Speech-pathology major joins improv group to help kids learn English


Devon Sipes/ The Sunflower

Katie Stanford, Speech Pathology student and senior at Wichita State.

Katie Stanford decided to travel from  California to the midwest to play softball at Newman University, with the hopes of becoming a speech pathologist someday. 

However, those plans changed a little bit after discovering that Newman didn’t offer her major. Despite enjoying her time as a collegiate softball player, Stanford transferred her junior year to WSU to continue studying speech pathology. 

Later this month, Stanford will graduate with a bachelors in communication sciences and disorders with a minor is ASL. After graduation, she will begin graduate school at WSU to earn a masters degree in speech pathology. 

Stanford decided to major in speech pathology after one of her family members had a stroke and was diagnosed with aphasia. Aphasia is a language disorder that causes someone to have difficulty expressing themselves and with comprehension due to damage in the brain. 

“I want to be able to help others who have gone through a similar experience because I know not only how it affects the person diagnosed, but also how it affects their loved ones,” Stanford said.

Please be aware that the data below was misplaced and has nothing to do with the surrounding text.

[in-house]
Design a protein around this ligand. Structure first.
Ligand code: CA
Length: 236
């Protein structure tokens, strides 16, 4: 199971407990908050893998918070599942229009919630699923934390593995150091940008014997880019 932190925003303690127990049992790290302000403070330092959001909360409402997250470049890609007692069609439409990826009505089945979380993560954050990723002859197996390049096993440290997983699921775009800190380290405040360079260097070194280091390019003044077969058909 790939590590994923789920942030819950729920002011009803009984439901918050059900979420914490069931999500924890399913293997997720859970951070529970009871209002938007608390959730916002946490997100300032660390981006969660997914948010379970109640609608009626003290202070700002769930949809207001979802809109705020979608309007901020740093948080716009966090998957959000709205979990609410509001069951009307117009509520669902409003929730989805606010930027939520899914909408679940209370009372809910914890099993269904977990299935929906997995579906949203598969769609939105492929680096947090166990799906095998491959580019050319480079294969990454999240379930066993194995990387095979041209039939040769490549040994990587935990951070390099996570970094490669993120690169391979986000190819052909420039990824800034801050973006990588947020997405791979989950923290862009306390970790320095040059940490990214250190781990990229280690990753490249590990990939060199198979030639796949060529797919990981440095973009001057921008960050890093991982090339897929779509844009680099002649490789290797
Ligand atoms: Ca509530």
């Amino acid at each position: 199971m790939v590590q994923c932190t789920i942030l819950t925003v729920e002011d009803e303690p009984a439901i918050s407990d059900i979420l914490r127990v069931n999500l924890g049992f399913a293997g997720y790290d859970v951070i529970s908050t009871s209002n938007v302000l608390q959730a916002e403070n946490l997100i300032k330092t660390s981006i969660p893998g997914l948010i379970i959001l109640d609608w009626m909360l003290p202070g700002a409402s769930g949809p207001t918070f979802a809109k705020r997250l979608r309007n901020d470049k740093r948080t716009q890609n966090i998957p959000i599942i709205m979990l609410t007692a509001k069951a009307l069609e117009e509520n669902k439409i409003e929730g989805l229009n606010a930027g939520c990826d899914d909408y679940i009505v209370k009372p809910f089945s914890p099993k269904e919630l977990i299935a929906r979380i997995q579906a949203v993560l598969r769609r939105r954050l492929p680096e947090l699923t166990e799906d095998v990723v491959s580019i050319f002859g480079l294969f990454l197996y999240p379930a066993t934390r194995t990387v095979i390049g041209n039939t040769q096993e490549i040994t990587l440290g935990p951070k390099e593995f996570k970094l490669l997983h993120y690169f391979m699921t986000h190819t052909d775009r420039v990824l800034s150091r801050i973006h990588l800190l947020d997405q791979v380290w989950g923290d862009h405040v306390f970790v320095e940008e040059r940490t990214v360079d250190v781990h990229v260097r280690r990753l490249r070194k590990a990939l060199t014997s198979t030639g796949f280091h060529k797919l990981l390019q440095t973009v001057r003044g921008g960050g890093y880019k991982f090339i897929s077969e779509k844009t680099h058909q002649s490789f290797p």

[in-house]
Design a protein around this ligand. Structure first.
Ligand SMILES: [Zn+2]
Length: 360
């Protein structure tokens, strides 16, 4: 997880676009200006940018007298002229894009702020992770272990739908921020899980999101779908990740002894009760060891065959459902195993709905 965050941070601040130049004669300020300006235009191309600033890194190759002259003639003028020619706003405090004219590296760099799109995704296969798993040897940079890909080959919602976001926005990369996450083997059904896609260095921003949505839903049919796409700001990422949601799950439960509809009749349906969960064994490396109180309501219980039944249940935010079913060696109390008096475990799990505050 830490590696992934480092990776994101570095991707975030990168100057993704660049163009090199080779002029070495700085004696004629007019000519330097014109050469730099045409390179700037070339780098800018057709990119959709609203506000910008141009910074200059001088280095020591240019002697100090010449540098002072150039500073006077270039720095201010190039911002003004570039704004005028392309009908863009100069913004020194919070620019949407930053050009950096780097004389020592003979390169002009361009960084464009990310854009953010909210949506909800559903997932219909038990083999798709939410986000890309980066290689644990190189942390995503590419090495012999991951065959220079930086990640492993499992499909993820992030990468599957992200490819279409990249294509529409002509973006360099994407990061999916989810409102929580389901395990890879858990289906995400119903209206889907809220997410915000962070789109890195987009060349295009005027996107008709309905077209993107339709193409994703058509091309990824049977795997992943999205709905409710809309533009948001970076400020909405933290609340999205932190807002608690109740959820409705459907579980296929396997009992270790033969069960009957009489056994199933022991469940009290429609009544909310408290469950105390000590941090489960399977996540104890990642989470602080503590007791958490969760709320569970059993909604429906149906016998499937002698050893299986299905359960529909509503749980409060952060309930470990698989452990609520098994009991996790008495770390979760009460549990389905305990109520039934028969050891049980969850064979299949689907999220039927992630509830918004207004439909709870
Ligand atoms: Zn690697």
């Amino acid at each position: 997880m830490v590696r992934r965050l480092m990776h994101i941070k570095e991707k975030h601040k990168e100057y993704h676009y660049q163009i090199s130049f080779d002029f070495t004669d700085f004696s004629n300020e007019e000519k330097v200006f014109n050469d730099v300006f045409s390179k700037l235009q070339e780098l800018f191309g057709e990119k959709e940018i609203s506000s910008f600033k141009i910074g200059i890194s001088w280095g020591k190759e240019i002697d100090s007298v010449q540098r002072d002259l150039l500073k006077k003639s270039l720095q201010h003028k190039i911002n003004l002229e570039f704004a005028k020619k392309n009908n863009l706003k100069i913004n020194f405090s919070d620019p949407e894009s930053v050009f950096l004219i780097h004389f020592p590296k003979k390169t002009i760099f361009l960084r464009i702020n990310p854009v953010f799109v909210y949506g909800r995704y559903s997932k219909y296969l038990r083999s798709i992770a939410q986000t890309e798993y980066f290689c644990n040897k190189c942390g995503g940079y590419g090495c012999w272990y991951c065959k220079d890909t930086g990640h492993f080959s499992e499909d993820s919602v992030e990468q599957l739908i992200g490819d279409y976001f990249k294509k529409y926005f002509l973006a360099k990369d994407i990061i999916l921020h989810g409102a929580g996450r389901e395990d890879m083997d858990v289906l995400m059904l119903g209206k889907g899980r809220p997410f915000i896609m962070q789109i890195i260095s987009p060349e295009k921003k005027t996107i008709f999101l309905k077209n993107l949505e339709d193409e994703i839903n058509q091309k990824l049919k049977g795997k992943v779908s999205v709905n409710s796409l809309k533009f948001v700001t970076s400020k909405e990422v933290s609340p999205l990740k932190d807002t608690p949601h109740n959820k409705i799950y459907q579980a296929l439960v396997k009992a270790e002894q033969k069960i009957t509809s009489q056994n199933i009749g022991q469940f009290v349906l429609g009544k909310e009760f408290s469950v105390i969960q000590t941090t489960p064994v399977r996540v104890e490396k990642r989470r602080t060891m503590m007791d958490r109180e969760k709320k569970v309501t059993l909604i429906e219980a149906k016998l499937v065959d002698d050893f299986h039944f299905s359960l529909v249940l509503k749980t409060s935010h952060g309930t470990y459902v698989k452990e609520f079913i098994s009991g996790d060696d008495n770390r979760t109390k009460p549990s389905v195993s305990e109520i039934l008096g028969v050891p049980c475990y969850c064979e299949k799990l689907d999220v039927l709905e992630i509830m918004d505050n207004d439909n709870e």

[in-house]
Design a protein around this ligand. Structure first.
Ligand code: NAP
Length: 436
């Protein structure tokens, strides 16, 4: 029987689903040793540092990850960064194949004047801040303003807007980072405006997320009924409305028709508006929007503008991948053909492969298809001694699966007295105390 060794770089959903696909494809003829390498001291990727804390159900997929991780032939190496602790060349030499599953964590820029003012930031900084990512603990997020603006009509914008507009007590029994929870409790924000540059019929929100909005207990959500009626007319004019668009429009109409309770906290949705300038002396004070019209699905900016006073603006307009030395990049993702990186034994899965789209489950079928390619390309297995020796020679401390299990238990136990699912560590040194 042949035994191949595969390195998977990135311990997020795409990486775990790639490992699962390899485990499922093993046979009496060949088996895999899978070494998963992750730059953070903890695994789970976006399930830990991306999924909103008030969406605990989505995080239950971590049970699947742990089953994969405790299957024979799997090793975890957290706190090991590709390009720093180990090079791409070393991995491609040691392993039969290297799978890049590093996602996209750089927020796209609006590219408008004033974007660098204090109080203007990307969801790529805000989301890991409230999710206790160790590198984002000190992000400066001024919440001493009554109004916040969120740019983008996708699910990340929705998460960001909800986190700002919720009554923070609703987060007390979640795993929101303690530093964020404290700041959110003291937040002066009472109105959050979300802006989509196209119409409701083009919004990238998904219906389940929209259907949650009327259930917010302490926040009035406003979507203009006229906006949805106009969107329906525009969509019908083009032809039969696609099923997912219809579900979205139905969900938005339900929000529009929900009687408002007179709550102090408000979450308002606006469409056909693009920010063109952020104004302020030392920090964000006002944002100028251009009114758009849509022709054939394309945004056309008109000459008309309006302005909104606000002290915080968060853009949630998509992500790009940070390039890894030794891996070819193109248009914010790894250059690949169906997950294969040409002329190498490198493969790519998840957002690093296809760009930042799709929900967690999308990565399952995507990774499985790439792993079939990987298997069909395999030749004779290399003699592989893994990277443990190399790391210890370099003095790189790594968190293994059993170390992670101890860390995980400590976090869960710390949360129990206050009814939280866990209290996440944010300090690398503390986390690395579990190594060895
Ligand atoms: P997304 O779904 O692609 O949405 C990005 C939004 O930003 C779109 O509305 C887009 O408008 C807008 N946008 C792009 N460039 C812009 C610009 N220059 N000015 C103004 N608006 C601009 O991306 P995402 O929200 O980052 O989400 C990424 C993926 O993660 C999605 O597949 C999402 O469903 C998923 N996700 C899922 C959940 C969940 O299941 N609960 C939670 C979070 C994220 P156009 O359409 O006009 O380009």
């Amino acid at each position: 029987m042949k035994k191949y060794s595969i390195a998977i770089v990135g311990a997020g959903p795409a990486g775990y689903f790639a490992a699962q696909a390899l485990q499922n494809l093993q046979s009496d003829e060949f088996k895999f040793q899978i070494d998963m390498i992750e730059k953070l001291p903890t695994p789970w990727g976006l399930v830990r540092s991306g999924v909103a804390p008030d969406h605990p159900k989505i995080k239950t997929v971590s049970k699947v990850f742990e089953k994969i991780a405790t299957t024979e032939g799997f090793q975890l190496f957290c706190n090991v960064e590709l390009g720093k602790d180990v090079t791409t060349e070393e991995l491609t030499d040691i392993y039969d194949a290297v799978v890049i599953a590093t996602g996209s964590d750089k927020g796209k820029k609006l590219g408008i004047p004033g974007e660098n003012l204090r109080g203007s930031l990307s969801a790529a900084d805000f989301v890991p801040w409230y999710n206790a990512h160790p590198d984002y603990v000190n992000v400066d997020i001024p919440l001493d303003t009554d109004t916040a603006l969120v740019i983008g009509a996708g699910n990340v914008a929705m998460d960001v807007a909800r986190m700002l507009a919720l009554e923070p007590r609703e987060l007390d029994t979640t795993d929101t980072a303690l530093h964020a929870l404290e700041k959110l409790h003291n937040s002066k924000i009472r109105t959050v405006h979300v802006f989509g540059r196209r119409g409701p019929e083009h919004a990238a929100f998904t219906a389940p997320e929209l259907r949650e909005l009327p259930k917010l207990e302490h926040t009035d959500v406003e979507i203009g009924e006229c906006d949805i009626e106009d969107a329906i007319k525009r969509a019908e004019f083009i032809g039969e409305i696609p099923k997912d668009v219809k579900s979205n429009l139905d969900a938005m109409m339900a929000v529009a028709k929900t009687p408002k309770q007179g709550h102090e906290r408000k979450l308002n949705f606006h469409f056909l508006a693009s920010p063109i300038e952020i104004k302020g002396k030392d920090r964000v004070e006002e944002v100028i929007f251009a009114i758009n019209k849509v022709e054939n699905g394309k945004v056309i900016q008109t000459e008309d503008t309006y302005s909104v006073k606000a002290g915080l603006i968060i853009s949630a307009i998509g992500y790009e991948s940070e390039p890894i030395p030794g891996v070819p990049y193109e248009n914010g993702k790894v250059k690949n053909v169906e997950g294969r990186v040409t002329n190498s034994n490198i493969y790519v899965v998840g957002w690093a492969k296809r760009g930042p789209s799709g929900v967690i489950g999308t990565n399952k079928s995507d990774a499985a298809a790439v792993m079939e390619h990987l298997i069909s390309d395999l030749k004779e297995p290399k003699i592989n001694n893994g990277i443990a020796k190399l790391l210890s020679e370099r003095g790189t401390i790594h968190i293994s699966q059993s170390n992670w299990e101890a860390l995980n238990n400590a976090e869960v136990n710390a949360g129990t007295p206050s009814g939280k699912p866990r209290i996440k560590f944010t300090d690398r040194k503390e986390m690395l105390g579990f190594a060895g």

Stanford uses a personal hobby of improv to practice communication with others for her future career. Currently, she and a local improv group visit an elementary school in Wichita frequently to teach kids English vocabulary whose second language is English.

“I know I’m helping others and I’m sure that the transition they’re making into learning English must be very difficult for them, so if I can be a light in their day while also helping them learn, it’s a win,” Stanford said. “I also really enjoy talking to them and learning about their cultures and how it differs from ours.”

Kelly McGarry, Stanford’s best friend from high school who she met in theater, said that she is a good leader and a very patient and intuitive person.  McGarry said she also has a game plan for everything and is prepared to take on any challenge.

“I can see her being very good at reading her future patients and intuiting the best approach to communicating with them,” McGarry said.

Stanford’s college journey came with some difficulties after transferring to WSU. Stanford transferred around the time the COVID-19 pandemic hit and had to take classes fully online like many other college students. She credits her professors for helping her make the transition to her senior year seamless. 

“Dr. Marble-Flint can always put a smile on your face during class, Dr. Musaji has a great sense of humor and Dr. O’Bryan is super knowledgeable and makes subjects very interesting for the students,” Stanford said. 

Stanford hopes to not only have a career in speech pathology but help others understand why it’s an important job. She said there is a high need for speech pathology for individuals with autism spectrum disorder and the older adult population. 

“Speech-language pathology is necessary in today’s society now more than ever,” Stanford said. “We are getting better and better with our screening for identifying individuals with autism spectrum disorder. Since we are identifying more people with this, we will need more speech therapists to support them with their communication needs.”